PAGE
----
New Jersey dioceses have set up their own victims' compensation fund as an alternative to civil lawsuits. According to Brannigan, the fund has "significantly lower level of proof and corroboration than required in a court of law." It promises "an attractive alternative to litigation" and "speedy and transparent process."
After agreeing on and receiving a settlement, abuse survivors will not be able to pursue additional legal action against the diocese. All settlements will be funded by the dioceses themselves.
On Feb. 13, all the Catholic dioceses of New Jersey released lists of clergy who had been "credibly" accused of sexual abuse of minors dating back to 1940.
On the list is disgraced former cardinal Archbishop Theodore McCarrick, who headed New Jersey's Diocese of Metuchen from 1981 until 1986 and the Archdiocese of Newark from 1986 until 2000. He retired as Archbishop of Washington.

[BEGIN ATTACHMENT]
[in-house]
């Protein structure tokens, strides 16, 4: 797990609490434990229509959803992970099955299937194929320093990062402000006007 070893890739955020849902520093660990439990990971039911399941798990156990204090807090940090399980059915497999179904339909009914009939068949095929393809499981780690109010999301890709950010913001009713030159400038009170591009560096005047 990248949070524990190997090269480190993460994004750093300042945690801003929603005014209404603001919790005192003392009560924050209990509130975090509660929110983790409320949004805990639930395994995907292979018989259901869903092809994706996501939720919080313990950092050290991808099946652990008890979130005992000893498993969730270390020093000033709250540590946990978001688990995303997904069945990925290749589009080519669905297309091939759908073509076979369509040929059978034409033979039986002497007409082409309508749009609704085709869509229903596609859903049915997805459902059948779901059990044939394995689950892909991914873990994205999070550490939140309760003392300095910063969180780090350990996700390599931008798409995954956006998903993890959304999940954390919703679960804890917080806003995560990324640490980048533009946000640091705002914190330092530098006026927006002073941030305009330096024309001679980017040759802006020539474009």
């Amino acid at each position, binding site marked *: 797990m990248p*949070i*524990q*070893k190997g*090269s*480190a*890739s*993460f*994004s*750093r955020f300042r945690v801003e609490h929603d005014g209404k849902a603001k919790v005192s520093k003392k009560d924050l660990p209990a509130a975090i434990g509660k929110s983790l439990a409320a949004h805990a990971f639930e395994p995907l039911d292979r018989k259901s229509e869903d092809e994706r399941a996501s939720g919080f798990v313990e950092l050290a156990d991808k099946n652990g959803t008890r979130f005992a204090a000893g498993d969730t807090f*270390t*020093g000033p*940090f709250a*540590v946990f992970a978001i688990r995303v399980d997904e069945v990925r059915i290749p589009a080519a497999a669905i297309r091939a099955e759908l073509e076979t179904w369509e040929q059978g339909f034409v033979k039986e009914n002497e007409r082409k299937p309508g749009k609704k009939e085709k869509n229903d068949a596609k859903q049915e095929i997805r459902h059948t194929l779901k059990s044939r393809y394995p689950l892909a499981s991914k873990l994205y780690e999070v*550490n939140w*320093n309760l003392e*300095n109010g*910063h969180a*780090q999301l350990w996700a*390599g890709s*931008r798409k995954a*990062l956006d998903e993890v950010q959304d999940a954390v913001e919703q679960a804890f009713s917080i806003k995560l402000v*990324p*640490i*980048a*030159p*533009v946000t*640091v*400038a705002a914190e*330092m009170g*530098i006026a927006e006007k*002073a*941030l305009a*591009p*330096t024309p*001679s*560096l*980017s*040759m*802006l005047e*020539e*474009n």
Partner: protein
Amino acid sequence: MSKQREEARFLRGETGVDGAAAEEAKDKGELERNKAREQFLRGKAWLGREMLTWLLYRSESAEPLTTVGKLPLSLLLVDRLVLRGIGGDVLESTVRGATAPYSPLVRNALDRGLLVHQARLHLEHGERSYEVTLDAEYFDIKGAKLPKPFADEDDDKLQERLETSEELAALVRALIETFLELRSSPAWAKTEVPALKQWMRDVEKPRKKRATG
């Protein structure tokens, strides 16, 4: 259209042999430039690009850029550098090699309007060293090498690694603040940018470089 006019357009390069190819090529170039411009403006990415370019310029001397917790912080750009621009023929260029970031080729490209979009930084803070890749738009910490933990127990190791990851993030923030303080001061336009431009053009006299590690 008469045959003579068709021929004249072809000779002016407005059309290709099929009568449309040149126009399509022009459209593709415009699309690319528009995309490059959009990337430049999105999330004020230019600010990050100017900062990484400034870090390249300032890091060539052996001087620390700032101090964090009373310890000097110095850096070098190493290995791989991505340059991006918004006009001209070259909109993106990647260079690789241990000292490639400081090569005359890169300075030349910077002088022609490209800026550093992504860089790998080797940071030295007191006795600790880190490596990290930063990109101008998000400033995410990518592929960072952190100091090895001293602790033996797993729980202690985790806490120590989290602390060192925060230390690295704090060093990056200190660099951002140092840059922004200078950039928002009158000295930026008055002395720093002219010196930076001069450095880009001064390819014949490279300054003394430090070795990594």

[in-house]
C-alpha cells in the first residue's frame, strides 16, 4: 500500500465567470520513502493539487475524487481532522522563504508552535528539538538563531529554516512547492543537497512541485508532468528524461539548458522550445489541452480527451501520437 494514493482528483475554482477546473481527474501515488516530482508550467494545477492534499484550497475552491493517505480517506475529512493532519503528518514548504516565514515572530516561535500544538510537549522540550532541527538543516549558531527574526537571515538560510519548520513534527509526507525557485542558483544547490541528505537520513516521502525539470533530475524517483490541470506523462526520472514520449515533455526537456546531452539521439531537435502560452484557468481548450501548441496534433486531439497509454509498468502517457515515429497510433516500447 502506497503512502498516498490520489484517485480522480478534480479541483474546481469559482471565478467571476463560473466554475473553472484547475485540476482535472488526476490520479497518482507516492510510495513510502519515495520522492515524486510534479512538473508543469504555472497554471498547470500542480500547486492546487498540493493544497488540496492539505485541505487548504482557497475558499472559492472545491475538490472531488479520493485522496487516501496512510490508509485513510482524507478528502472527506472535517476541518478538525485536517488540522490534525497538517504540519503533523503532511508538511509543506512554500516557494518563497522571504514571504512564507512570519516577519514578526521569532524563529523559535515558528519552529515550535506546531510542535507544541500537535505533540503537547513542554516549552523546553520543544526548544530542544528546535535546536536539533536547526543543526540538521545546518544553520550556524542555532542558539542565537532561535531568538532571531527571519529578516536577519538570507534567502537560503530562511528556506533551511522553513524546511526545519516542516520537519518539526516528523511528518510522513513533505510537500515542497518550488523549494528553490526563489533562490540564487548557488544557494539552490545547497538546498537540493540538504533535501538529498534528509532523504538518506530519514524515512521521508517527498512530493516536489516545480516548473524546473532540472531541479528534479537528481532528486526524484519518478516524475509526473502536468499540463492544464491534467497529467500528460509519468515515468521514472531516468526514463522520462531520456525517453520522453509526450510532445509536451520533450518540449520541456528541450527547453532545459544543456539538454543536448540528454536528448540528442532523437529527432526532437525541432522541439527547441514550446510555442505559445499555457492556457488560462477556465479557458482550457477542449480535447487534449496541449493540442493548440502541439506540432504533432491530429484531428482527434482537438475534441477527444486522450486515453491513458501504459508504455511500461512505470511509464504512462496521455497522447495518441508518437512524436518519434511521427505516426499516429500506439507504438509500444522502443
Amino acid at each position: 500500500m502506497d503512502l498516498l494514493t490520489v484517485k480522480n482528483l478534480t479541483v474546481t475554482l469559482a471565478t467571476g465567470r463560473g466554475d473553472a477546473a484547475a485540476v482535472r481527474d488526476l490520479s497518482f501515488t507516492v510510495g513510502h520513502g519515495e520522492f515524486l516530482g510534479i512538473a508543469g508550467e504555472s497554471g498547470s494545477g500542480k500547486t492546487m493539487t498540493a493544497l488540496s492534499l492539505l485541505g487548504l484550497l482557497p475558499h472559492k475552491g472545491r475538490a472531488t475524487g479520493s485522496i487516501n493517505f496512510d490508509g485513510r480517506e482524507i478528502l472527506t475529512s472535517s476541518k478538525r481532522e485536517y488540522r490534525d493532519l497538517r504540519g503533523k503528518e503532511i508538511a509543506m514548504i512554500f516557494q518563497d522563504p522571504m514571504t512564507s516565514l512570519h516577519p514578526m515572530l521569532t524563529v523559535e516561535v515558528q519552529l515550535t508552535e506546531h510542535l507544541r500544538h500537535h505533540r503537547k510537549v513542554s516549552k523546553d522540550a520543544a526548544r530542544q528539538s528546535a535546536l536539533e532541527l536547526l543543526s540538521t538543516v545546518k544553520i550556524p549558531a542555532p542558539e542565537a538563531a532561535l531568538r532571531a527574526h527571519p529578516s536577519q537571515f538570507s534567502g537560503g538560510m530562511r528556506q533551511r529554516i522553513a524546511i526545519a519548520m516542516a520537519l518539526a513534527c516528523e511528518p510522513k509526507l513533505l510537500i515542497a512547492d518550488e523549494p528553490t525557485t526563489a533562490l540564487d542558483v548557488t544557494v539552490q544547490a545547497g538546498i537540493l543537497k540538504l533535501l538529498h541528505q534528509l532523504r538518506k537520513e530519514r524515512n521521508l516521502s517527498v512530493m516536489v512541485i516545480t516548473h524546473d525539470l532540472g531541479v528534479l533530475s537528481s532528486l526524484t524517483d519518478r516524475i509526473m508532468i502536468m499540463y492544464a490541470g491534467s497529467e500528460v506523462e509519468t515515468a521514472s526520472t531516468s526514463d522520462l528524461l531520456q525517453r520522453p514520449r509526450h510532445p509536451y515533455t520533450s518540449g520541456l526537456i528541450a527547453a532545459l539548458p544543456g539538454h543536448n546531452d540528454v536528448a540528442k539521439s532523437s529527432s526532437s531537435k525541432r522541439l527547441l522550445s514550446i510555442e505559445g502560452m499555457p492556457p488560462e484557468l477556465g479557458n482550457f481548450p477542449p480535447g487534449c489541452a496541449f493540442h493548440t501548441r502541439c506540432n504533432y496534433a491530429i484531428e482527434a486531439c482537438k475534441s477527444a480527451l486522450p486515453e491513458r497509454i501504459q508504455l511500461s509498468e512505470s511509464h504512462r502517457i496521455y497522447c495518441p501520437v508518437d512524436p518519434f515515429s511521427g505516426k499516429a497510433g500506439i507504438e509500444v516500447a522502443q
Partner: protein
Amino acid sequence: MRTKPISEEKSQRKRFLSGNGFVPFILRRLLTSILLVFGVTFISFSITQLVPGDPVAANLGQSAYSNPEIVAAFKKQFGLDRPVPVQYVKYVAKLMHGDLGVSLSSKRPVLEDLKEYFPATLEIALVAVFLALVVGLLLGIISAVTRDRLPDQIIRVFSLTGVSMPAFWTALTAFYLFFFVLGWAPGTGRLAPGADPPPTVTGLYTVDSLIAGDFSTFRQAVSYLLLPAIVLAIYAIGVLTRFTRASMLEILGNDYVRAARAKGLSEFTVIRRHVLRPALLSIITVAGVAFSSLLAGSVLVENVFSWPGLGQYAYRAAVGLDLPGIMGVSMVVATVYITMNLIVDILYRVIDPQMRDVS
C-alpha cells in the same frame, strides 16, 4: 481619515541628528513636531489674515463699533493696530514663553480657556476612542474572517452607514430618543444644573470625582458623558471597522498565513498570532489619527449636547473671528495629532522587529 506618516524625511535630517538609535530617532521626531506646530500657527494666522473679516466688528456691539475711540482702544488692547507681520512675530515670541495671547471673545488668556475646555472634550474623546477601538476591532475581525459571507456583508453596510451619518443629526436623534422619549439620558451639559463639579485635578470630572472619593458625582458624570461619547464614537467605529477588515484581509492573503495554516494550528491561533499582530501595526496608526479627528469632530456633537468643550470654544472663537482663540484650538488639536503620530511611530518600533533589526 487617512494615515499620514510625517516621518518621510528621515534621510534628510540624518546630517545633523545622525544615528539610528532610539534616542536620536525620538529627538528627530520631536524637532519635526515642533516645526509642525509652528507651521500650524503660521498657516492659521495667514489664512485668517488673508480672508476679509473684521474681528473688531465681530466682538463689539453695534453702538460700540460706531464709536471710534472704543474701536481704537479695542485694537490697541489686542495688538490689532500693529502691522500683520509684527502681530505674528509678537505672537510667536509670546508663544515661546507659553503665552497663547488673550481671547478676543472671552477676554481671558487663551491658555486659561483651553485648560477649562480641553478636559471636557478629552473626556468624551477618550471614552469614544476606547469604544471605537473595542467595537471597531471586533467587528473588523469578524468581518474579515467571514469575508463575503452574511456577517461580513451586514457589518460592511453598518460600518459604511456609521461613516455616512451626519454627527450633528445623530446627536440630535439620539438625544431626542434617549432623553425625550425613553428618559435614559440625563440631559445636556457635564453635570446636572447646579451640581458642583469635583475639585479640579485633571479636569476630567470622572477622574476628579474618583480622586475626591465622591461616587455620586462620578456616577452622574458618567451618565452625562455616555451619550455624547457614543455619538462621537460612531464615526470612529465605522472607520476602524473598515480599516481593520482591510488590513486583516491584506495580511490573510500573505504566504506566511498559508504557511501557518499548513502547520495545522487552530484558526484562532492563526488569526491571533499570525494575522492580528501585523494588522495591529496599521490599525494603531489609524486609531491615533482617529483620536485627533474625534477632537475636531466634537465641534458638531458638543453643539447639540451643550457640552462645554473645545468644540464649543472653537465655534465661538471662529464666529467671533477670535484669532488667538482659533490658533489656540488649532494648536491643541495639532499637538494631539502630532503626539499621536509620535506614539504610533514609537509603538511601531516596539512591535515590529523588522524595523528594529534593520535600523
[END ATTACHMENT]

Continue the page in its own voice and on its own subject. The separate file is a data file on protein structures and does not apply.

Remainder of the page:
A total of 188 clerics, including deacons, were listed. The Archdiocese of Newark list had the most names, with 63, and the Diocese of Metuchen had the fewest with 11.
Cardinal Joseph Tobin of Newark said in a statement that the release of the list of names of credibly accused clergy was part of "an effort to do what is right and just."
"It is our sincerest hope that this disclosure will help bring healing to those whose lives have been so deeply violated," said Tobin. "We also pray that this can serve as an initial step in our efforts to help restore trust in the leadership of the Catholic Church."
Archbishop McCarrick resigned from the College of Cardinals in July 2018 after being credibly accused of abusing two minor boys. He faces numerous charges of sexual abuse against minors and adults over a period of decades.
A verdict following McCarrick's canonical process for his abuse of minors is expected at any time. Many expect the punishment to remove him from the clerical state.